Odyssey Criticism

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In his story “The Disguised Guest,” Douglas Steward delves into the inner struggles faced by Odysseus as he journeys back home. Steward’s perspective on the mental and physical challenges encountered by Odysseus is widely acknowledged. He emphasizes the impact that others will have on Odysseus when he finally reveals his true identity, a relatable experience for every individual. The potential shock that familiar surroundings may undergo prompts individuals to consider the most appropriate approach to any changes. Steward highlights Odysseus’s remarkable ability to strategize and adapt. In his initial passage, Steward promptly addresses the point, quoting, “Coming home then will not be the simple act Odysseus had thought.It is he himself who complicates matters.” This statement alludes to Odysseus’s actions prior to returning home, where although not truly disguised, he remains unknown to some of the islands he visits.However, there are times when Odysseus conceals his true identity for personal gain. He occasionally becomes frustrated and resorts to cruel methods to release his anger. One example is during his encounter with the Cyclops, where he deceives and kills him by introducing himself as “nobody.” This text highlights various aspects of Odysseus’ personality, such as sharpness and cunning, which contribute to the challenges he faces while trying to return home, as mentioned by Steward. Additionally, these actions hinder Athena’s ability to assist Odysseus. Although these events don’t occur in his hometown, they still reflect his behavior upon his arrival.

As mentioned previously, Odysseus demonstrates an increase in wisdom and judgment as he journeys through various islands. However, upon his return home, he encounters yet another problem. The steward emphasizes this point by stating, “The true struggle, the most intense adventure, is still to come: the battle within himself to shed the disguise of deceit and realize that he is truly home.” An incident that aligns with this statement occurs in the beginning. While on his way to town, Odysseus is accompanied by his swineherd and has an encounter with Melanthius. He is verbally attacked and even kicked in the leg. Despite his desire to retaliate, Odysseus restrains himself due to his beggar disguise. Additionally, Eumaeus steps in front of Odysseus to defend him against the suitor. This showcases Eumaeus’s bravery. Although Odysseus contemplates getting rid of him, he chooses to wait for revenge. Moreover, Odysseus faces a dilemma regarding his old dog, Argos. He sees Argos sitting in a neglected state with mange and filth, conveying sorrowful eyes and a submissive posture.Despite the pain it causes Odysseus, he averts his gaze as a tear trickles down his cheek. This truly demonstrates Odysseus’ remarkable ability to restrain himself. It serves as a compelling example of the concept of “the struggle with himself” noted by Steward. Personally, if he can resist such emotions, he captivates me as a covert hero. Another instance showcasing his admirable demeanor arises when he is in the castle amidst the suitors and Penelope’s feast. While the suitors indulge in food provided by Odysseus’ livestock, he takes a circuitous path around the table, asking for leftovers. One of the suitors, named Antinous, recalls their encounter on the road and becomes offended and angry, complaining to Eumaeus about bringing Odysseus here to disrupt his serene and delightful meal. As Eumaeus retaliates in their exchange, risking his own life, Telemachus intercedes and redirects the argument towards himself. Despite being centrally positioned within the unfolding drama, Odysseus remains powerless to intervene. Though he covertly asks Antinous for a piece of crust, he joins in by proclaiming, “You resemble a King to me,” further provoking Antinous. Growing furious, Antinous hurls a footstool at Odysseus, striking him directly in the back. This incident perfectly aligns with the notion of “programmatic deceit with others.”Considering the numerous previous examples that have been criticized, one would assume that Odysseus does not feel like he is truly at home. Having been away for twenty years, it is expected that some changes would occur, but not to the extent that Odysseus encounters on his first day back. This drastic transformation comes as a major shock to Odysseus and prompts him to start thinking differently. How can one believe this is their hometown when it has changed so much during their long absence? This situation throws Odysseus off track, although not entirely. Feeling a little out of place, he reflects on his plan to reveal himself. Recognizing that he will have a perfect opportunity to do so at the upcoming games, he patiently awaits the next day.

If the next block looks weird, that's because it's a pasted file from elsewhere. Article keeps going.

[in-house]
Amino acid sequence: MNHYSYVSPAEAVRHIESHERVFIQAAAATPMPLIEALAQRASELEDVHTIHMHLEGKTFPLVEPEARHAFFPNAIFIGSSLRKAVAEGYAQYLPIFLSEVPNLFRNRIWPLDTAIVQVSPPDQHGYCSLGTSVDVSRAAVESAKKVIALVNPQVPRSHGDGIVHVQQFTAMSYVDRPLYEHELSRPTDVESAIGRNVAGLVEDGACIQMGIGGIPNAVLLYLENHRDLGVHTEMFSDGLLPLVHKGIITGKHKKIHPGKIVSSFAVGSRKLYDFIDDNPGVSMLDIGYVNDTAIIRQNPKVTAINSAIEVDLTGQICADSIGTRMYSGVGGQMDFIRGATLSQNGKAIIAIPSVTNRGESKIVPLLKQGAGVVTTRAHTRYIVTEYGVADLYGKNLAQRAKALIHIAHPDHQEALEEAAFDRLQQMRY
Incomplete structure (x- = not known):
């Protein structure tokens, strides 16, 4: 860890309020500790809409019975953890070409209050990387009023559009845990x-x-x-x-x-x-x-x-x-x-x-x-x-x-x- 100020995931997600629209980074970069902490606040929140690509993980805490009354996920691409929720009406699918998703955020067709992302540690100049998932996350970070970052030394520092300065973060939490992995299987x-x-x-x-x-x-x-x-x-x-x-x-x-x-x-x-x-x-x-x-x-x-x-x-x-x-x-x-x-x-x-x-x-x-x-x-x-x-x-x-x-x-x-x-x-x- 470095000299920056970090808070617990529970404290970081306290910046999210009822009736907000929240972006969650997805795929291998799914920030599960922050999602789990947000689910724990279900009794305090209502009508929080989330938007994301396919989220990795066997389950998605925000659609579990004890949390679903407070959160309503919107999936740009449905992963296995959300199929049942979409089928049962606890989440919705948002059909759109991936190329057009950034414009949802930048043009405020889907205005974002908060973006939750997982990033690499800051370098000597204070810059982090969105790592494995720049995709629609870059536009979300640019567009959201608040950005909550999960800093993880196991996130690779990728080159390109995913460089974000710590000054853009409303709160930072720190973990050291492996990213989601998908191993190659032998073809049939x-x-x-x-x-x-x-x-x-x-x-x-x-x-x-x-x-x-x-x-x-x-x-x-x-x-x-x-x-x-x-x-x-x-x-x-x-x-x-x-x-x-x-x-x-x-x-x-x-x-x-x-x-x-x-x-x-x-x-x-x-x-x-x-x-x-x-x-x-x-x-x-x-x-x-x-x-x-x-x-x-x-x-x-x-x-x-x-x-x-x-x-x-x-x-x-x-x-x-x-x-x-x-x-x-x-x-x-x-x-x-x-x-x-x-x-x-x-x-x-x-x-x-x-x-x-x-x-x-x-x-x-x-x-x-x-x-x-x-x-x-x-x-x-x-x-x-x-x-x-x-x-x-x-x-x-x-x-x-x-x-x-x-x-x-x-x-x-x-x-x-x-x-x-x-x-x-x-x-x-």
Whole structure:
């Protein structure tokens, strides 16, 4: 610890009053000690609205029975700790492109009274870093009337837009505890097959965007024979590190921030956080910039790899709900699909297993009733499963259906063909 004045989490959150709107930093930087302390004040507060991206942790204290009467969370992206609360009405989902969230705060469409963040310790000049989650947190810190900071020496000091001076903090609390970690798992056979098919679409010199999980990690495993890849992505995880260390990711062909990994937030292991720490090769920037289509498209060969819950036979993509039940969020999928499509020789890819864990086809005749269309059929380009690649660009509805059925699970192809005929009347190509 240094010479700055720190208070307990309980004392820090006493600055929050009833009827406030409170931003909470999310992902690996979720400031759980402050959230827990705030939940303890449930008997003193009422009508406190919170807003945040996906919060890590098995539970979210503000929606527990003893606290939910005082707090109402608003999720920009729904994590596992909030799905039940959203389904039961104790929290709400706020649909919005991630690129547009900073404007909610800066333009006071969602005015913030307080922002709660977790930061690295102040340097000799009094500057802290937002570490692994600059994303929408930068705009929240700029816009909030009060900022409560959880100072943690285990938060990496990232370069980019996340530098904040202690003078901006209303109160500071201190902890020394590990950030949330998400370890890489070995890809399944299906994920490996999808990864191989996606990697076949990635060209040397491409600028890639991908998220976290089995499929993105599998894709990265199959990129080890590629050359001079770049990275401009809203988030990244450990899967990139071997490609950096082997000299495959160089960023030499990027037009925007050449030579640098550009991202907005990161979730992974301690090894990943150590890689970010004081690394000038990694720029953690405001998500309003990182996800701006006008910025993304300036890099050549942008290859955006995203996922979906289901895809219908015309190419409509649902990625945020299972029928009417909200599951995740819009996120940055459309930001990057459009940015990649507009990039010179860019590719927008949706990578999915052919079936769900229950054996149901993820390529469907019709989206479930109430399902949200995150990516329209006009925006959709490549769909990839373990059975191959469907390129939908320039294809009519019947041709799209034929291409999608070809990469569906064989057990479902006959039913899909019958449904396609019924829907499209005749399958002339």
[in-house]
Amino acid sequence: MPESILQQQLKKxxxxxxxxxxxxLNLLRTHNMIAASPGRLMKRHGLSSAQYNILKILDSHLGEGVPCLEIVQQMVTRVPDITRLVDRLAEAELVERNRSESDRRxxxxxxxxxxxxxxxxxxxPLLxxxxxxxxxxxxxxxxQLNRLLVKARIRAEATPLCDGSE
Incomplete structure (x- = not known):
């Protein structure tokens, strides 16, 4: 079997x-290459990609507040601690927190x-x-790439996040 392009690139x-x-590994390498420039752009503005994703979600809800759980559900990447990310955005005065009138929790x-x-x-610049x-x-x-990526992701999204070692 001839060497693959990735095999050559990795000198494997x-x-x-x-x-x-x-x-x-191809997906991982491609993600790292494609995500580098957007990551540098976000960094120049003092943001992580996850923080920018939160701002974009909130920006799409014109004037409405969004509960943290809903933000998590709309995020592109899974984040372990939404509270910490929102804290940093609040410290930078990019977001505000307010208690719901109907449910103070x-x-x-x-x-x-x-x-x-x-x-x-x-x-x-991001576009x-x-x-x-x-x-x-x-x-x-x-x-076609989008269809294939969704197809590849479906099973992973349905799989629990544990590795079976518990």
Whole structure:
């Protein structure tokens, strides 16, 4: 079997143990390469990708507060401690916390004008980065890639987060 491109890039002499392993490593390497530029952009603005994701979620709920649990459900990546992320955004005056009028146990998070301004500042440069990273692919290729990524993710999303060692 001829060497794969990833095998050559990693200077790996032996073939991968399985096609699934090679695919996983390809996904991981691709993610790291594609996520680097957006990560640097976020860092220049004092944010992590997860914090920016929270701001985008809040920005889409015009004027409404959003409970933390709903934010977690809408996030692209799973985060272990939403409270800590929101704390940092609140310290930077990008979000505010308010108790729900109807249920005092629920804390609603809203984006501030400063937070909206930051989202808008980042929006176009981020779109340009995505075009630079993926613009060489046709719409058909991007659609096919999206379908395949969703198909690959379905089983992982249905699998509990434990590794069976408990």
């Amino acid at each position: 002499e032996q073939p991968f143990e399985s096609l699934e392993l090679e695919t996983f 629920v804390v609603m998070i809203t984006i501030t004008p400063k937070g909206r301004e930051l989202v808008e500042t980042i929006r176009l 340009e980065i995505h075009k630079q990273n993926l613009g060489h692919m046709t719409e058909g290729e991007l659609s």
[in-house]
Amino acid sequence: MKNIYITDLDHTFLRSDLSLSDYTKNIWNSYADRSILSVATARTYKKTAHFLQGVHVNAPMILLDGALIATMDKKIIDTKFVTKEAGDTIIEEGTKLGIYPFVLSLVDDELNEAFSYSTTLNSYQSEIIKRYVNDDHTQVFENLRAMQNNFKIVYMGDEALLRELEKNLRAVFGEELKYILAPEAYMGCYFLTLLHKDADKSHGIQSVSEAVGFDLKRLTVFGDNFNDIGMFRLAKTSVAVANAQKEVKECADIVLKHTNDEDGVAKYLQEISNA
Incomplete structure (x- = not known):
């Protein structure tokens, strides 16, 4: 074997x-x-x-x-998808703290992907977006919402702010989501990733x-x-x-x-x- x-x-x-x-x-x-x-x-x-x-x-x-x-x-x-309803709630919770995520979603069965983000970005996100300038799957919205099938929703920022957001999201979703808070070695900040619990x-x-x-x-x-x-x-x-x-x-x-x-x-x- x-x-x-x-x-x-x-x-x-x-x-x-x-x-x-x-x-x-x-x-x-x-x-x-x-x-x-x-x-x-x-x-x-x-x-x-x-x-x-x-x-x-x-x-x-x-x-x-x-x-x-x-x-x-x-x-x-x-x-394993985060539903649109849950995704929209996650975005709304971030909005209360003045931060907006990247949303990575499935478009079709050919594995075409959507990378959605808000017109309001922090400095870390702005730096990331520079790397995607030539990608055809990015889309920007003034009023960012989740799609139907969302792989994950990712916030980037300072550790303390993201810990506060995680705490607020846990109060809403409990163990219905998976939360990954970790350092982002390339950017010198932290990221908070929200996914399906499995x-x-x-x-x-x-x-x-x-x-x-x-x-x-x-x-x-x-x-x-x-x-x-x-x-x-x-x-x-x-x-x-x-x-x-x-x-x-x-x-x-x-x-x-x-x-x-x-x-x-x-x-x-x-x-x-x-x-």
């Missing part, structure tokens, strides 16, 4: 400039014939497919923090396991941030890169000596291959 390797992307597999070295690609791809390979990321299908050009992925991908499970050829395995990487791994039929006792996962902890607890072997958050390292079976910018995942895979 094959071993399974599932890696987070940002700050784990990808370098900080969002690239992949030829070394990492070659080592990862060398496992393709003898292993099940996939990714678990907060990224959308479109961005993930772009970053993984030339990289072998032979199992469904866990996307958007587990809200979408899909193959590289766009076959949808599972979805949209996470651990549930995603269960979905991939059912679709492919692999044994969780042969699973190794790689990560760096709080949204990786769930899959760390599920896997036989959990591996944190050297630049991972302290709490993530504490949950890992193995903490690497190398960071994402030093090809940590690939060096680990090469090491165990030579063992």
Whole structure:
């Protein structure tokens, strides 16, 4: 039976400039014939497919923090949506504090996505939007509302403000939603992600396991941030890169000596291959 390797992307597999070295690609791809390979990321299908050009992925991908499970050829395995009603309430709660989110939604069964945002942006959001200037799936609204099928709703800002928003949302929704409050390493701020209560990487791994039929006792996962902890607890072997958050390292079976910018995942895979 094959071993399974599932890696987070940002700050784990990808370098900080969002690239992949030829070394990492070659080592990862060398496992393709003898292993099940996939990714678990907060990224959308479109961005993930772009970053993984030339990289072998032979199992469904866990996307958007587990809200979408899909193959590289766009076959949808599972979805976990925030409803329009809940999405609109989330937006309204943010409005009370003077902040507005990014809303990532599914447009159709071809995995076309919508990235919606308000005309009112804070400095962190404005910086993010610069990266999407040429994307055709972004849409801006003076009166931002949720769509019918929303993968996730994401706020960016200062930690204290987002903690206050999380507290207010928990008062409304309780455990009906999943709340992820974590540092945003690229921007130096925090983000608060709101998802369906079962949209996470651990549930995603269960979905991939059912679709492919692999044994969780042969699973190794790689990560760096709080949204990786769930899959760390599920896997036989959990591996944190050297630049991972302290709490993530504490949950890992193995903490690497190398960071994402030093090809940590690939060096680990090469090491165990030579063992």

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As the day arrives, Odysseus prepares. Despite the attempts of some suitors to win Penelope’s love, they all fail. Disguised as a beggar, Odysseus witnesses their failures one by one and realizes it’s his opportunity. He takes on the challenge and effortlessly completes it, killing all the suitors while revealing his true identity. In addition to that, he also succeeds in winning Penelope’s heart.

We can see Odysseus as a highly successful ruler who encounters a wide range of experiences. Throughout the story, Odysseus consistently demonstrates his sympathetic nature, proving to readers his complexity and ability to cope with various challenges. The text has 1,119 words and spans 24 pages.

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Odyssey Criticism. (2019, Jan 25). Retrieved from


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